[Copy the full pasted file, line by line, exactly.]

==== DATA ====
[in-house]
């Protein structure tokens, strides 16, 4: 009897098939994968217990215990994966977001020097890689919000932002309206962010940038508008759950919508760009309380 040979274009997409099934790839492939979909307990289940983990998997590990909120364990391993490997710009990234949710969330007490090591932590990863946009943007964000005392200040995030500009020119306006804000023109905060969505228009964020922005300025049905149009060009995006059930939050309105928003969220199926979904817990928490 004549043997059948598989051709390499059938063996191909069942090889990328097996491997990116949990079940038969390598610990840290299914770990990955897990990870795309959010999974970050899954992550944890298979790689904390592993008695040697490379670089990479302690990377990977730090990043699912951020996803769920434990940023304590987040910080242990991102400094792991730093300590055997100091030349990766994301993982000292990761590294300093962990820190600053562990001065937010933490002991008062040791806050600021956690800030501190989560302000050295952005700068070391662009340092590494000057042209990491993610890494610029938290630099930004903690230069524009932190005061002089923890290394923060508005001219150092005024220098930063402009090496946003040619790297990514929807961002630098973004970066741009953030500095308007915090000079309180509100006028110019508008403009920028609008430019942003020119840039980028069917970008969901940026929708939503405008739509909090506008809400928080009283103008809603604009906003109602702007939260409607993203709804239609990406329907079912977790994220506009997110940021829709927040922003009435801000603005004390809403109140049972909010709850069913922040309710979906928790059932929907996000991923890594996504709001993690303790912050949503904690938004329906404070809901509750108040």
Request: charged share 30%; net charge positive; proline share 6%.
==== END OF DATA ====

[in-house]
């Protein structure tokens, strides 16, 4: 009897098939994968217990215990994966977001020097890689919000932002309206962010940038508008759950919508760009309380 040979274009997409099934790839492939979909307990289940983990998997590990909120364990391993490997710009990234949710969330007490090591932590990863946009943007964000005392200040995030500009020119306006804000023109905060969505228009964020922005300025049905149009060009995006059930939050309105928003969220199926979904817990928490 004549043997059948598989051709390499059938063996191909069942090889990328097996491997990116949990079940038969390598610990840290299914770990990955897990990870795309959010999974970050899954992550944890298979790689904390592993008695040697490379670089990479302690990377990977730090990043699912951020996803769920434990940023304590987040910080242990991102400094792991730093300590055997100091030349990766994301993982000292990761590294300093962990820190600053562990001065937010933490002991008062040791806050600021956690800030501190989560302000050295952005700068070391662009340092590494000057042209990491993610890494610029938290630099930004903690230069524009932190005061002089923890290394923060508005001219150092005024220098930063402009090496946003040619790297990514929807961002630098973004970066741009953030500095308007915090000079309180509100006028110019508008403009920028609008430019942003020119840039980028069917970008969901940026929708939503405008739509909090506008809400928080009283103008809603604009906003109602702007939260409607993203709804239609990406329907079912977790994220506009997110940021829709927040922003009435801000603005004390809403109140049972909010709850069913922040309710979906928790059932929907996000991923890594996504709001993690303790912050949503904690938004329906404070809901509750108040």
Request: charged share 30%; net charge positive; proline share 6%.